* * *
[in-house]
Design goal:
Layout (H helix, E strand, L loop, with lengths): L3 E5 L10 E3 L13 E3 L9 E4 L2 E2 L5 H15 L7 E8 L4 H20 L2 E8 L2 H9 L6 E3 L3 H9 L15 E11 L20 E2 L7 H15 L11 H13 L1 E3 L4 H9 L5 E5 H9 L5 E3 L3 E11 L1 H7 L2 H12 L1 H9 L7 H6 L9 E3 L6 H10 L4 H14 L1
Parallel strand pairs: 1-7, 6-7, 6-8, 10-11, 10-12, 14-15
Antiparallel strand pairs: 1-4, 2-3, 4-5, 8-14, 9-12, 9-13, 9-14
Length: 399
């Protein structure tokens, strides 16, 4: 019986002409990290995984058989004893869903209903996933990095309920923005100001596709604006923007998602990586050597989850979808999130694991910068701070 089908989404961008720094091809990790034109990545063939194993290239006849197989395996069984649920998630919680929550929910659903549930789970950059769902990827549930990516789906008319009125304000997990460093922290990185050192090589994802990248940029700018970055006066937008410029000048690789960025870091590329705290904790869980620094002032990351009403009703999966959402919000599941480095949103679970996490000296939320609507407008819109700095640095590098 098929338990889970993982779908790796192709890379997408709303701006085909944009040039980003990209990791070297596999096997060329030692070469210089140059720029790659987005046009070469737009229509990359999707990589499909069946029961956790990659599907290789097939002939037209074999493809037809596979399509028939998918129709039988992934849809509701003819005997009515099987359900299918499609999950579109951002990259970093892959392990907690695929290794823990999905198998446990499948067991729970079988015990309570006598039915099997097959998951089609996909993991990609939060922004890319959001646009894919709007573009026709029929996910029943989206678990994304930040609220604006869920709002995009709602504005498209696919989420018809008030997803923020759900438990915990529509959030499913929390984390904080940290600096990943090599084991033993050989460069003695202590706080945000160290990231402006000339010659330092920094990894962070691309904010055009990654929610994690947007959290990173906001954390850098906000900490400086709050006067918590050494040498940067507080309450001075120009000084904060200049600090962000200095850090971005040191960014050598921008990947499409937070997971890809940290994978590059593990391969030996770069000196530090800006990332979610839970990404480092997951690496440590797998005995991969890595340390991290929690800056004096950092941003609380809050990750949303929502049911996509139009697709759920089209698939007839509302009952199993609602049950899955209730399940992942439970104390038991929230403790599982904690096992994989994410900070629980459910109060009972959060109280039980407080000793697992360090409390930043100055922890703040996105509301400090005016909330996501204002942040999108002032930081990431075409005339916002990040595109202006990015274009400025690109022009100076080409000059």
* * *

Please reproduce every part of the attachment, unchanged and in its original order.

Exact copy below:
[in-house]
Design goal:
Layout (H helix, E strand, L loop, with lengths): L3 E5 L10 E3 L13 E3 L9 E4 L2 E2 L5 H15 L7 E8 L4 H20 L2 E8 L2 H9 L6 E3 L3 H9 L15 E11 L20 E2 L7 H15 L11 H13 L1 E3 L4 H9 L5 E5 H9 L5 E3 L3 E11 L1 H7 L2 H12 L1 H9 L7 H6 L9 E3 L6 H10 L4 H14 L1
Parallel strand pairs: 1-7, 6-7, 6-8, 10-11, 10-12, 14-15
Antiparallel strand pairs: 1-4, 2-3, 4-5, 8-14, 9-12, 9-13, 9-14
Length: 399
């Protein structure tokens, strides 16, 4: 019986002409990290995984058989004893869903209903996933990095309920923005100001596709604006923007998602990586050597989850979808999130694991910068701070 089908989404961008720094091809990790034109990545063939194993290239006849197989395996069984649920998630919680929550929910659903549930789970950059769902990827549930990516789906008319009125304000997990460093922290990185050192090589994802990248940029700018970055006066937008410029000048690789960025870091590329705290904790869980620094002032990351009403009703999966959402919000599941480095949103679970996490000296939320609507407008819109700095640095590098 098929338990889970993982779908790796192709890379997408709303701006085909944009040039980003990209990791070297596999096997060329030692070469210089140059720029790659987005046009070469737009229509990359999707990589499909069946029961956790990659599907290789097939002939037209074999493809037809596979399509028939998918129709039988992934849809509701003819005997009515099987359900299918499609999950579109951002990259970093892959392990907690695929290794823990999905198998446990499948067991729970079988015990309570006598039915099997097959998951089609996909993991990609939060922004890319959001646009894919709007573009026709029929996910029943989206678990994304930040609220604006869920709002995009709602504005498209696919989420018809008030997803923020759900438990915990529509959030499913929390984390904080940290600096990943090599084991033993050989460069003695202590706080945000160290990231402006000339010659330092920094990894962070691309904010055009990654929610994690947007959290990173906001954390850098906000900490400086709050006067918590050494040498940067507080309450001075120009000084904060200049600090962000200095850090971005040191960014050598921008990947499409937070997971890809940290994978590059593990391969030996770069000196530090800006990332979610839970990404480092997951690496440590797998005995991969890595340390991290929690800056004096950092941003609380809050990750949303929502049911996509139009697709759920089209698939007839509302009952199993609602049950899955209730399940992942439970104390038991929230403790599982904690096992994989994410900070629980459910109060009972959060109280039980407080000793697992360090409390930043100055922890703040996105509301400090005016909330996501204002942040999108002032930081990431075409005339916002990040595109202006990015274009400025690109022009100076080409000059």